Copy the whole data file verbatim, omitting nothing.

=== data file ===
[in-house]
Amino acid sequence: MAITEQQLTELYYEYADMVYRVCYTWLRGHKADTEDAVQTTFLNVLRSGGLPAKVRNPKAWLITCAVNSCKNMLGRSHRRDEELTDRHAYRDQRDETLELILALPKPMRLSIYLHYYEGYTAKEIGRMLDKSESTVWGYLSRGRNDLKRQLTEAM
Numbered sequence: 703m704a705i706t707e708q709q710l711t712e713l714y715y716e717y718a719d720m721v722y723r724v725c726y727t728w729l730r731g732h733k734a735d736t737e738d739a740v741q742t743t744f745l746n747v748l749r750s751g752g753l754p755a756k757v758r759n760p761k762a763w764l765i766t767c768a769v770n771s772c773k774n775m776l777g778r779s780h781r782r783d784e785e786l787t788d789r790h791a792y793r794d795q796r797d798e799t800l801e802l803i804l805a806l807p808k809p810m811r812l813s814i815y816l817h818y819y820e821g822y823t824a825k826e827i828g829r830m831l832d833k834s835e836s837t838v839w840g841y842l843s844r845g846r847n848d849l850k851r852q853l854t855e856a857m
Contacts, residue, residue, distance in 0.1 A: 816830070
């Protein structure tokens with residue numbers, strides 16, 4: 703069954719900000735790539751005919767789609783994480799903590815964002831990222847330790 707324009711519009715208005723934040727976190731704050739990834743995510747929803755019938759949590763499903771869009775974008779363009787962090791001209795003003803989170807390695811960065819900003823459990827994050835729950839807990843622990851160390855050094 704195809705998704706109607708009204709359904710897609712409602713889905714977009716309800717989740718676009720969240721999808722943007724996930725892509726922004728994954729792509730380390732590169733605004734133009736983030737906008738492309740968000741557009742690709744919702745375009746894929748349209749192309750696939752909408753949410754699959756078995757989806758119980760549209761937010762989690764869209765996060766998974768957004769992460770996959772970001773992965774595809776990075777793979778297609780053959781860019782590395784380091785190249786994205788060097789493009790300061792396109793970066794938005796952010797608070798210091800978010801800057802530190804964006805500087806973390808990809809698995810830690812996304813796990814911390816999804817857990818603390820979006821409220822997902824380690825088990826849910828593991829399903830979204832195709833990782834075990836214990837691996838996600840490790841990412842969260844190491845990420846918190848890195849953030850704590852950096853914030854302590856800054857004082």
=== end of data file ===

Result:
[in-house]
Amino acid sequence: MAITEQQLTELYYEYADMVYRVCYTWLRGHKADTEDAVQTTFLNVLRSGGLPAKVRNPKAWLITCAVNSCKNMLGRSHRRDEELTDRHAYRDQRDETLELILALPKPMRLSIYLHYYEGYTAKEIGRMLDKSESTVWGYLSRGRNDLKRQLTEAM
Numbered sequence: 703m704a705i706t707e708q709q710l711t712e713l714y715y716e717y718a719d720m721v722y723r724v725c726y727t728w729l730r731g732h733k734a735d736t737e738d739a740v741q742t743t744f745l746n747v748l749r750s751g752g753l754p755a756k757v758r759n760p761k762a763w764l765i766t767c768a769v770n771s772c773k774n775m776l777g778r779s780h781r782r783d784e785e786l787t788d789r790h791a792y793r794d795q796r797d798e799t800l801e802l803i804l805a806l807p808k809p810m811r812l813s814i815y816l817h818y819y820e821g822y823t824a825k826e827i828g829r830m831l832d833k834s835e836s837t838v839w840g841y842l843s844r845g846r847n848d849l850k851r852q853l854t855e856a857m
Contacts, residue, residue, distance in 0.1 A: 816830070
């Protein structure tokens with residue numbers, strides 16, 4: 703069954719900000735790539751005919767789609783994480799903590815964002831990222847330790 707324009711519009715208005723934040727976190731704050739990834743995510747929803755019938759949590763499903771869009775974008779363009787962090791001209795003003803989170807390695811960065819900003823459990827994050835729950839807990843622990851160390855050094 704195809705998704706109607708009204709359904710897609712409602713889905714977009716309800717989740718676009720969240721999808722943007724996930725892509726922004728994954729792509730380390732590169733605004734133009736983030737906008738492309740968000741557009742690709744919702745375009746894929748349209749192309750696939752909408753949410754699959756078995757989806758119980760549209761937010762989690764869209765996060766998974768957004769992460770996959772970001773992965774595809776990075777793979778297609780053959781860019782590395784380091785190249786994205788060097789493009790300061792396109793970066794938005796952010797608070798210091800978010801800057802530190804964006805500087806973390808990809809698995810830690812996304813796990814911390816999804817857990818603390820979006821409220822997902824380690825088990826849910828593991829399903830979204832195709833990782834075990836214990837691996838996600840490790841990412842969260844190491845990420846918190848890195849953030850704590852950096853914030854302590856800054857004082």